Chris Sanders, Revised from Paul L. Kirk (1953)

I find the last line of that quote (unchanged from its original version) the most impactful. Ultimately, many of the issues cyber security faces in its cognitive crisis are education problems. We must better understand how and why experts do the things they do to teach them to other people and refine them; something that we’re currently failing at.

Therefore, cyber security is the medium for my work, cognitive psychology provides the framework for understanding how analysts perform, and my findings are expressed through education. My choice to pursue a doctorate in education was primarily focused on the outputs I hope to achieve from my research; a more clear establishment of the human-centric investigation theory research field, a more formal digital forensics analytic doctrine, and the methods to help people learn that doctrine.

What’s next?

While a doctorate is a terminal degree, the document encapsulating it is only the beginning. I plan to continue my research focused on different facets of how analysts perform investigations and strategies for teaching investigation concepts. As a matter of fact, I have ongoing research projects as you read this post.

As part of this continued work, I’m seeking research partners who might want to work or collaborate. This includes:

  • Universities who may be interested in providing graduate students to assist in research projects. These students will be compensated for their time and can come from a variety of subject areas like psychology, sociology, or education. They do not have to posses prior cyber security experience, but should be interested in the field and have some exposure to quantitative and qualitative research techniques. These opportunities are remote/online under the Applied Network Defense research umbrella.
  • Businesses that wish to provide access to analysts for research subjects. A unique challenge of conducting analyst-centric research is finding enough analysts to serve as research subjects. This is particularly the case when I need to conduct research focused on several analysts within a single security operations center. If your organization is interested in providing analysts for these studies, please reach out. Depending on the scope of the research, there may be some costs associated with participation. However, as part of participating, you’ll receive free and discounted training courses along with priority access to research findings, as well as consulting from me on how to leverage the results meaningfully in your security team.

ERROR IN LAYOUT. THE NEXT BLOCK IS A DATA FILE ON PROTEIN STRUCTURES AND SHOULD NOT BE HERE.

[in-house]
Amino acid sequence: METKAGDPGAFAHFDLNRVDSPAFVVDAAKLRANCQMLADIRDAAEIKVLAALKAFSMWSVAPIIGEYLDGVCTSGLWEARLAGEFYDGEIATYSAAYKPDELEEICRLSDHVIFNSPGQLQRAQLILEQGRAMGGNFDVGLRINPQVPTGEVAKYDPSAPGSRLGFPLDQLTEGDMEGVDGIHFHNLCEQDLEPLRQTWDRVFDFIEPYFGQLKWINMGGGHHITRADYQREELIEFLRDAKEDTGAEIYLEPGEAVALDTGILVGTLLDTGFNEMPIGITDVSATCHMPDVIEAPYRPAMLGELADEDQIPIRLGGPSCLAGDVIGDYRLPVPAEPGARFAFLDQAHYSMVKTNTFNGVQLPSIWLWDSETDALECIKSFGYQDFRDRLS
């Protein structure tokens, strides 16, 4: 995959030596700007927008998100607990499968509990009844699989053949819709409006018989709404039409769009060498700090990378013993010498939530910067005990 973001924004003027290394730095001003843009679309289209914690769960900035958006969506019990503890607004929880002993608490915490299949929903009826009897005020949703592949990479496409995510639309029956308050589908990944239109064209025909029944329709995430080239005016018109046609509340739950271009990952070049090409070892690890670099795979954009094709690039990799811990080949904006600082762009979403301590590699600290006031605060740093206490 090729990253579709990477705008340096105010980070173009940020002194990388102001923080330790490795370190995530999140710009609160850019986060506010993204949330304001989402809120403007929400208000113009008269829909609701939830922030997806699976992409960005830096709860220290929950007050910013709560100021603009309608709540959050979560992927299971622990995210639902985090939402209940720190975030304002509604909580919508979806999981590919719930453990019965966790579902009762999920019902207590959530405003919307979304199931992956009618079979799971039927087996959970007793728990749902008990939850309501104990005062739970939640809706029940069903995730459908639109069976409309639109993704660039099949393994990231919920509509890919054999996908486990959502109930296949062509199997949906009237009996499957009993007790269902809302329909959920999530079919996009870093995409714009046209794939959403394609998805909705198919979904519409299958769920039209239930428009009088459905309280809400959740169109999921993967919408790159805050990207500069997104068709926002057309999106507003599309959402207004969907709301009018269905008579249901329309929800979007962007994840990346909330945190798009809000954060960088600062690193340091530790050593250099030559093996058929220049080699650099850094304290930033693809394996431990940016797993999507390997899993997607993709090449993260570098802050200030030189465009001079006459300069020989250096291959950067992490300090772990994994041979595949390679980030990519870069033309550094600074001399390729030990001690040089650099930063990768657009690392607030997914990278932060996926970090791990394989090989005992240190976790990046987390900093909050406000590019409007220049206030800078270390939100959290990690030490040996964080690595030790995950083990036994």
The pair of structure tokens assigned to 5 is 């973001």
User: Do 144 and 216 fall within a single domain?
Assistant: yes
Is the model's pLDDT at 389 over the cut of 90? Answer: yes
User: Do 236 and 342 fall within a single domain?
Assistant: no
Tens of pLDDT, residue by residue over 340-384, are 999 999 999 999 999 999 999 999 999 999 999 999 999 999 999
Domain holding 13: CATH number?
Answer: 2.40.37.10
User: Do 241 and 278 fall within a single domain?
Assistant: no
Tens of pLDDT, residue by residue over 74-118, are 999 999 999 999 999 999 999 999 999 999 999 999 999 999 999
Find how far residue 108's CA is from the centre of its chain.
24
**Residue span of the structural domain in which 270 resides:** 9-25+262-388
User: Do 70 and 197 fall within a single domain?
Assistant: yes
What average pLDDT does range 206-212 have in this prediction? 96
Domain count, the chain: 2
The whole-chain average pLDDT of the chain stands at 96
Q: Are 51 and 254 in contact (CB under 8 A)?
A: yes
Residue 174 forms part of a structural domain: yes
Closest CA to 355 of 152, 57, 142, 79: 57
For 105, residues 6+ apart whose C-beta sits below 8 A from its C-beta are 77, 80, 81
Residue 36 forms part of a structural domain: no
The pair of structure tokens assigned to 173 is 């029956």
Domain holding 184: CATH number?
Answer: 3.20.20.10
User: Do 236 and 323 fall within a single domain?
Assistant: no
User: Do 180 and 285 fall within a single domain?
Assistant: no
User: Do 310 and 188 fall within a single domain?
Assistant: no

Please contact me directly if you are interested in either of these opportunities.

My Acknowledgments

While my acknowledgments are included in the dissertation document itself, I thought it important to also include them here just like I do with in all the blog posts that have accompanied the release of my books.

I would like to thank the people who helped make this document possible and contributed to the positive step forward it represents. First and foremost, thank you to my wife Ellen, who I kept awake countless nights by storming into the bedroom rambling on and on about the ideas running through my head following late classes.

Nobody becomes a scholar alone, and I was fortunate to have several amazing people on this journey with me. I want to extend my gratitude to my doctoral colleagues who made this whole experience more enjoyable. I also want to thank my instructors at Baylor who shepherded me along this scholarly experience, with special thanks to my advisor, Dr. Sandi Cooper. I don’t fit the mold of a typical education student, and I appreciate all of you opening up your mind to learn from me as I did from you.

I want to pay special tribute to my students, whose success helps motivate me, including anyone who has ever taken one of my classes, read one of my books, or sat in on one of my conference presentations. Additionally, I want to thank my colleagues that served as sounding boards and provided feedback on my ideas.

This whole project started over a decade ago when I was a struggling young analyst trying to learn the craft. Someone told me that you are either born with the skills needed to do this job, or you are not. I thought that was nonsense, and I have spent the rest of my career gathering the knowledge and data to prove it. The document you are about to read is a step along that path. I don’t remember the name of the person who told me that, but I want to thank them too.

Download and Citation

You can download my complete dissertation paper for free at this link.

The paper will be available in the Baylor and ProQuest databases on December 19th, 2021/

You may cite this work as:

Sanders, C. (2021). The analyst mindset: A cognitive task assessment of digital forensic analysts [Doctoral dissertation, Baylor University]. https://chrissanders.org